Archive for the ‘Teaching Resources’ Category
For people who have sent requests for things I apologize as I spent the better part of the last three weeks away from home and if it is for computer based candy container diagrams my other computer is not functioning right now. I will send stuff when I have the computer up and running.
As usual if anyone has seen this modular please post information and links as applicable. The unit was designed to create the same effect (although with a completely seperate unit) that another 3d wreath has. The units are not remotely similar, and sadly my unit does not have the flexibility or strength that the other one has. The modular can be done in 8 or 20 depending on the variation, of which there are many. The instructions are for the 20 unit variation. As for the oddly bolded sections that is something the blog is doing and I can’t fix-since wordpress is free I can’t complain.
2. Fold as indicated and crease and then undo.
3. Fold the bottom right edge to crease line
4. Fold tips around edge and tuck them inside.
5. Take top point and fold to bottom point and crease.
6. Take the two flaps folded in the last step and fold inside the pocket. You will have to reverse the direction of the crease on the front fold.
7. Put the unit sideways and fold the tip so it is roughly parallel with the vertex of the obtuse angle. Do it one and then rotate the unit and do it the other way.
8. Finished unit, make twenty total
9. Tuck in as indicated. Make sure that you are tucked in on both sides.
10. Keep adding units until you have the original photo.
Some fun sites.
Made an instructable for one of the containers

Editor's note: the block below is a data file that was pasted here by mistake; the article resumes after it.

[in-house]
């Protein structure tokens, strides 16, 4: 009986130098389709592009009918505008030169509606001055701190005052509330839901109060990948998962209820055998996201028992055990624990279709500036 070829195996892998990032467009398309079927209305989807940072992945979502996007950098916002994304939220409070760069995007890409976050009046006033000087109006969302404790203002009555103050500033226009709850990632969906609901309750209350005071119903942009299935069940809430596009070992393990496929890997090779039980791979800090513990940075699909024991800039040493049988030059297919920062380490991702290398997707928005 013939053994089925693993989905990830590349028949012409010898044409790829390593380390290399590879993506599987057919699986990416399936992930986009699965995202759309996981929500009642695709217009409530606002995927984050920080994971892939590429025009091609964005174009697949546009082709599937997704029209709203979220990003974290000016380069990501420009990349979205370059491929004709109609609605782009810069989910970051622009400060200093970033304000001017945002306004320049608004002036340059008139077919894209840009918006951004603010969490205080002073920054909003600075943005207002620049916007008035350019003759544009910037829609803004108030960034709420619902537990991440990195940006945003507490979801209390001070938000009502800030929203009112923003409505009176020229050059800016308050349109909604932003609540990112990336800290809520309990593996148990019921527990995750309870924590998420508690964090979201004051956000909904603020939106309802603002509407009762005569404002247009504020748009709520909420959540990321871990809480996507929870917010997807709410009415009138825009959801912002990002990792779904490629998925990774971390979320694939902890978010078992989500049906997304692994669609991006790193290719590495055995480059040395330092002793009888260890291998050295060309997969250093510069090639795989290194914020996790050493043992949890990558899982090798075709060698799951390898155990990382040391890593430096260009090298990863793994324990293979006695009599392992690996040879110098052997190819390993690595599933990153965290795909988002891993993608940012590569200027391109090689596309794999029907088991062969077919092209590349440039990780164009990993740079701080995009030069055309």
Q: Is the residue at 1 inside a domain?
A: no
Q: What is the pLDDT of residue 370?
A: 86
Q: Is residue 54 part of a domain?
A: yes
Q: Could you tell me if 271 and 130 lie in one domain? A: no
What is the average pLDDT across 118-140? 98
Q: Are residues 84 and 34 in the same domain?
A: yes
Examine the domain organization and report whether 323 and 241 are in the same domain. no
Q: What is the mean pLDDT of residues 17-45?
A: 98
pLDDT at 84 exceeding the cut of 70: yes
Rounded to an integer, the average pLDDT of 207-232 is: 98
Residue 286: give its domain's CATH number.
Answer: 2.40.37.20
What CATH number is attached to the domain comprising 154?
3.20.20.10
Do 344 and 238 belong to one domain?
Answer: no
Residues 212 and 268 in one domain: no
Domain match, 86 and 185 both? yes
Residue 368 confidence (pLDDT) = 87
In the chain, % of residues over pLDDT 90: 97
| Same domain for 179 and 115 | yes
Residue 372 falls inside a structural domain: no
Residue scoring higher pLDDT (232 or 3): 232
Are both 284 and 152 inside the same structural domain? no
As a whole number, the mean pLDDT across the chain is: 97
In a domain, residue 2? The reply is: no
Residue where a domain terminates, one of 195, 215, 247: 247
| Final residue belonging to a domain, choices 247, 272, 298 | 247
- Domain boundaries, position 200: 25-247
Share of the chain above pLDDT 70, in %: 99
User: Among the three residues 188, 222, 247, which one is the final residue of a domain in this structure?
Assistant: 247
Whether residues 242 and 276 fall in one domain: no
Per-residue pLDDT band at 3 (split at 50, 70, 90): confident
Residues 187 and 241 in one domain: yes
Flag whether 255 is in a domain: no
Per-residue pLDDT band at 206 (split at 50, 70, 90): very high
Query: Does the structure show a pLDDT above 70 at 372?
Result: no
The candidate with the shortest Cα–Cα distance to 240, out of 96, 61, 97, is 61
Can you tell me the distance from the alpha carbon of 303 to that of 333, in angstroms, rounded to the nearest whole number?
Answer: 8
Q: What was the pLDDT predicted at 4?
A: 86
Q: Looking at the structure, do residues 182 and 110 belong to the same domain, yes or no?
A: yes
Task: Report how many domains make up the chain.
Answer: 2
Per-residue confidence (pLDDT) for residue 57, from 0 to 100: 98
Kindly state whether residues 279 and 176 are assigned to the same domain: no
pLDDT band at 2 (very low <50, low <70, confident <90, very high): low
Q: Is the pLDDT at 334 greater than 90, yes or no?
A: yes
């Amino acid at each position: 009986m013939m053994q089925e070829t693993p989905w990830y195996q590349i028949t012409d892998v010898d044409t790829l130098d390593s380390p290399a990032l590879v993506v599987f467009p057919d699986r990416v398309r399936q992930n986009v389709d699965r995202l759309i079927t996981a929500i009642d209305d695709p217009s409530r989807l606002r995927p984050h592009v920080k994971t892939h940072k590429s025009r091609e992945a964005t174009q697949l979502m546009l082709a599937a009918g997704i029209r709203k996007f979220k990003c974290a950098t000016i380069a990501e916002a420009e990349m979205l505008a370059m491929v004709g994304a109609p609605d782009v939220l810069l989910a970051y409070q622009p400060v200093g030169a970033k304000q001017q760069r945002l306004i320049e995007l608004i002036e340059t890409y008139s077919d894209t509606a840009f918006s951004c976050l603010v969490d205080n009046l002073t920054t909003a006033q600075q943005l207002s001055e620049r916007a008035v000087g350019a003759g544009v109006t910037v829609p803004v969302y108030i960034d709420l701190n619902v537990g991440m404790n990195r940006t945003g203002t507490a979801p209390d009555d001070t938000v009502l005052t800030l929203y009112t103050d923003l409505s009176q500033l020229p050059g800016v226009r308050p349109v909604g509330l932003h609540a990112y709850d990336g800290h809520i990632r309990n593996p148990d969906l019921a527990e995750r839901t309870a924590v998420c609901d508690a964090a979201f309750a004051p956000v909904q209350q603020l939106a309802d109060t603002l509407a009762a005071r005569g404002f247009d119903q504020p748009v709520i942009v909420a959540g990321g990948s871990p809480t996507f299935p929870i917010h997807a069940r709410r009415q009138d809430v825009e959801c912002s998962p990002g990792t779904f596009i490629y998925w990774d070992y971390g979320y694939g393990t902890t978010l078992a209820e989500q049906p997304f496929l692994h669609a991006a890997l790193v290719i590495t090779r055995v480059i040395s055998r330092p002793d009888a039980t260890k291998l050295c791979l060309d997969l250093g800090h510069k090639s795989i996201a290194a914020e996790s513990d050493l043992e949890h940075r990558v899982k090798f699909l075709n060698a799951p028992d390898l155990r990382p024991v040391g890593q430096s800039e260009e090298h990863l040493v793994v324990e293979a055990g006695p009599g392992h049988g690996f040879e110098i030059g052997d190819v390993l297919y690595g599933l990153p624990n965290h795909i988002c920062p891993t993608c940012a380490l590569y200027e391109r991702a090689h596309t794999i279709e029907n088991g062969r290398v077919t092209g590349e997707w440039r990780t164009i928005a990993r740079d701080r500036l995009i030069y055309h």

So I originally was waiting until my ordered copy of Origami Tessellations: Awe Inspiring Geometric Designs came to write a review about Eric’s new book, but while it hasn’t come a copy has come from another source. To be fair this review is hardly unbiased as I know Eric and he is in part responsible for sending me down this path of obsession. He is always trying to bring people into the tessellating fold and his book is part of this.
The book starts off explaining what a tessellation is, a basic history of origami tessellations, and how to do a basic grid. He shows the fundamentals of tessellation design, such as how to create pleate intersections both with a square based grid and a equilateral triangle based grid. Interspersed throughout are pictures of tessellations that appear in Islamic architecture. After showing basic twists and folds with computer illustrations he has a beginners section on tessellations. Number two, Spread Hexagons, is my favorite, probably because it was the tessellation that he had out that I looked at when we met at OUSA (Oops edit 2.5 not 3.5 years ago). Five by four has a beautifully modern look, while Chateau-Chinon by Christiane Bettens evokes traditional tilings. His intermediate projects are great introductions to folding designs with more than one type of fold/twist. My personal favorite in the book is Negative Space Stars, a design that seems impossible without cuts is clean and compelling. The one side clean negative stars and the other a pattern that really evokes the Islamic Tessellations that I personally love so much.